It ended up taking four stressful months before Meffe managed to get issued a Swedish personal number and open a bank account so he could get paid, during which time he had racked up hundreds of thousands of kronor in debt, maxing out all his Canadian credit cards and drawing heavy interest payments.

“I’d worked a few years in the private sector before coming here, so I had savings and I was able to live off my credit cards and stuff like that. But frankly, you know, there’s a stress factor in literally not knowing when you’re going to get paid,” he said. “And I probably paid hundreds, if not thousands, of Canadian dollars in interest payments.” 

He was also lucky that his younger sister worked in Copenhagen in a relatively well-paid job, and so was also able to lend him money, but he worries about other students who have faced the same problems without any savings or support.  

He said he had first approached Handelsbanken. 

“They said that with just a passport and a letter from the university saying that they were going to employ me that it was going to about five months or more to open up a bank account,” he said. “They were just going to have to do a lot of processing to confirm my identity.

“I’m frustrated as I feel like the university could have given me some sort of warning about this,” Meffe said. “They could have said, ‘you have been accepted to this PhD position. By the way, this is how the banking system works here. Please make sure that you have some money saved’.”

According to Dominic Mealy, a board member of SULF Lund, Sweden’s union for university professors and researchers, Meffe’s problem is extremely common but has only come to the union’s attention relatively recently, after he and others in the union began looking into it.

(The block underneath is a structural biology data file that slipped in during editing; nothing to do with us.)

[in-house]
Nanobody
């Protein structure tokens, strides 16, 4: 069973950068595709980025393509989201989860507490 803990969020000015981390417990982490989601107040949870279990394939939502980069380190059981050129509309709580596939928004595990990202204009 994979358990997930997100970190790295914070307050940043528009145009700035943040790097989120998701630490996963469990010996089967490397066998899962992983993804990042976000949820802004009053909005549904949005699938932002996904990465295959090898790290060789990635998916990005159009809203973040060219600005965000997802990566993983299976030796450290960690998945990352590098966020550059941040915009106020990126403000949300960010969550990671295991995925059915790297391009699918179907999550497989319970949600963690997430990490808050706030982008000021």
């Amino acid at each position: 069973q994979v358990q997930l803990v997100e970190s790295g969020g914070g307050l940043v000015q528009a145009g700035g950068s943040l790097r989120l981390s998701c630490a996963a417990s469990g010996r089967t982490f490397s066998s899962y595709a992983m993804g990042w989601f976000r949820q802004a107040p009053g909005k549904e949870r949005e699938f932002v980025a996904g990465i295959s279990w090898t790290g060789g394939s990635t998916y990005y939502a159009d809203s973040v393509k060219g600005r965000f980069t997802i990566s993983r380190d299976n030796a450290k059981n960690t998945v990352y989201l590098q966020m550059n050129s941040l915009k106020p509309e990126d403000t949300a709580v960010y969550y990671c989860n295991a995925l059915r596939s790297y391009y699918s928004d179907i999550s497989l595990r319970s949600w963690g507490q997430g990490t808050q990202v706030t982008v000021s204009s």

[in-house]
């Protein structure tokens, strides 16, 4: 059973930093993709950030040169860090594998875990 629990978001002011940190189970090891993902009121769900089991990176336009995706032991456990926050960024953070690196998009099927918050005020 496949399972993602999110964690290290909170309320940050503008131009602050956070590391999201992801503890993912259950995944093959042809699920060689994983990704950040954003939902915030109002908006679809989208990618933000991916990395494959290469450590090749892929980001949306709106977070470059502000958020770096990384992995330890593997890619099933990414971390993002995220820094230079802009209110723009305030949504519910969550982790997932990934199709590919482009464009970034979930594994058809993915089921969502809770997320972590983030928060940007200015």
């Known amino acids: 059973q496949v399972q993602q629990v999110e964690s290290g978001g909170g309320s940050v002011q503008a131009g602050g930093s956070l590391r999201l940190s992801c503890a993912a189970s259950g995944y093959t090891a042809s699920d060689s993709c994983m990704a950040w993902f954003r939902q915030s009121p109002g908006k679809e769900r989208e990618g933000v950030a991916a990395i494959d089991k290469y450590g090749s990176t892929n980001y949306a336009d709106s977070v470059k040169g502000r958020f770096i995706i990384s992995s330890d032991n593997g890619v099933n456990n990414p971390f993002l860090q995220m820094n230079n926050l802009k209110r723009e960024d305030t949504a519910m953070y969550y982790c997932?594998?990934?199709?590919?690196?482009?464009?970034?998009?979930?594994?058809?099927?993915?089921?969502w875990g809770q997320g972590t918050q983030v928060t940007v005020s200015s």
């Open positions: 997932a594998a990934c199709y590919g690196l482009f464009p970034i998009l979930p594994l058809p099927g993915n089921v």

“We have found that new employees that were non-Swedish were often experiencing big delays in receiving payments, sometimes very long delays. And we’ve also established that it’s an ongoing issue in other universities,” he told The Local. 

“It’s an endemic problem and it’s a complex problem which entails a failure on the part of the university sector to get the information that they should provide to new employees. There is also a more systemic problem around confusion on the part of banks about what they can and cannot do, and also perhaps shortcomings in the current organisation of Swedish personal numbers.” 

Mealy is now pushing to get the issue on the agenda at the SULF national conference, so that properly informing new researchers of the bank account issue and helping them overcome it can become something universities have to do under collective bargaining agreements with unions.

He has also arranged meetings with the HR department at Lund University to discuss how they can improve the on-boarding process for new employees so they receive better information about how to minimise the delayed payment issue. 

Mealy has discovered that if newly arrived students first try to get a coordination number, rather than wait for a full personal number, which is what Lund University wrongly recommends, it was usually possible to open a bank account more rapidly. 

“It does seem like there is a way around it based on the current rules and we’re going to try and inform our members. In the short term we’re aiming to work with the university to improve information for faculty administrators as well as for new employees. In the long-term we are hoping to apply pressure at a national level to address these issues.” 

In the years that this problem has existed, PhD students’ supervisors have often solved the situation informally by lending students money to tide them over, as happened in Mealy’s own case. But he has also heard of extreme cases where those affected had had to leave the country. 

“I’ve heard of instances of people for whom, despite efforts on the part of their departments, the situation has gone on for five months, and they’ve had to return to their country of origin,” he said. “This seems to have occurred in instances, in particular, of people who are from outside the EU.”